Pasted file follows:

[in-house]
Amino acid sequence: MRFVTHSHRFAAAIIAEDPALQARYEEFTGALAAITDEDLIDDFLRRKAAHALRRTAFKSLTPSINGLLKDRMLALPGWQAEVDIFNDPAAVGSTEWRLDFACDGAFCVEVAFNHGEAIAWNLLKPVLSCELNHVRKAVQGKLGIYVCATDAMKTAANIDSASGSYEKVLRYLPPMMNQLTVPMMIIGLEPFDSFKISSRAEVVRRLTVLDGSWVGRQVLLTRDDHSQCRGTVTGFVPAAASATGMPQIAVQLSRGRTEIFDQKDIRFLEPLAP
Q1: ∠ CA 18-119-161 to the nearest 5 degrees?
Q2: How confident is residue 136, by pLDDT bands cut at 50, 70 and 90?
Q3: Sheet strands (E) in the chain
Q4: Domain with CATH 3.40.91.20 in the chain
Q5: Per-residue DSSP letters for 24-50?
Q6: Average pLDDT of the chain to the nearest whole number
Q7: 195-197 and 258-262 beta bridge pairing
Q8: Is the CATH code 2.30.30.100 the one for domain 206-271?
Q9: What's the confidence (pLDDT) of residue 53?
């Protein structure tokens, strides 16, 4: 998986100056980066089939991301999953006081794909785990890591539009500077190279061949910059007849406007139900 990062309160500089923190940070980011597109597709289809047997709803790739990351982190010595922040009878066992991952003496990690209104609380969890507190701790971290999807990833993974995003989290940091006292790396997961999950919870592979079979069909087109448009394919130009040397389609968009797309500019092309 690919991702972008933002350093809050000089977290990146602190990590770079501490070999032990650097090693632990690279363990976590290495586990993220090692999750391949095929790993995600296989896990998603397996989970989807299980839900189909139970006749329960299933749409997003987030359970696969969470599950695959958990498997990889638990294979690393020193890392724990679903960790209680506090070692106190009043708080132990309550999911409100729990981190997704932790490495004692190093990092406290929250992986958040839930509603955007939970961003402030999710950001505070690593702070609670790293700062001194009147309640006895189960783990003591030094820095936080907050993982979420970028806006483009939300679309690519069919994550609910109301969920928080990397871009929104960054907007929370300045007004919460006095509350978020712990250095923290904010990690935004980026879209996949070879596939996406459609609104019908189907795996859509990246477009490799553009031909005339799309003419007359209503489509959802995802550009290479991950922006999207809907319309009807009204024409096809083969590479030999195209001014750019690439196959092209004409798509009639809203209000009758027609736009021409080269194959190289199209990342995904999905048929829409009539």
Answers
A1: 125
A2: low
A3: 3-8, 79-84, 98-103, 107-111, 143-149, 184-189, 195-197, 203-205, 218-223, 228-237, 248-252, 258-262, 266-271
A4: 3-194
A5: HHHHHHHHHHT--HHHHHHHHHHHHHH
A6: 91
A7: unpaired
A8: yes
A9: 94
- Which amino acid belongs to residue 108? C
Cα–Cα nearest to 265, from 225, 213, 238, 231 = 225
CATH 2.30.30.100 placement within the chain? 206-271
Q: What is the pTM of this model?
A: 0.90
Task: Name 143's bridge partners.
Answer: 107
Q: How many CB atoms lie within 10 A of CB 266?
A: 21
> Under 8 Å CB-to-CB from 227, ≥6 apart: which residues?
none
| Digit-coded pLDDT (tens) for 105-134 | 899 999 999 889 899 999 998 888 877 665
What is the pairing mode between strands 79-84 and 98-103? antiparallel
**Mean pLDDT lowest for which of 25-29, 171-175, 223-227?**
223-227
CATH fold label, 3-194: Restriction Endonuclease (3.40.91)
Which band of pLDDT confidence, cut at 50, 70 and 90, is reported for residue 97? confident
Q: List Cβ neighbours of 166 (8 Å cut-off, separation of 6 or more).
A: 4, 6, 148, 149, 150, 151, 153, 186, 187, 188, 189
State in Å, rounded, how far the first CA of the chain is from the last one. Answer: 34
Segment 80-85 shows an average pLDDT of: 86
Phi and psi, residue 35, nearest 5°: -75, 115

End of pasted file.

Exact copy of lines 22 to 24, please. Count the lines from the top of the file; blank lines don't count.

A9: 94
- Which amino acid belongs to residue 108? C
Cα–Cα nearest to 265, from 225, 213, 238, 231 = 225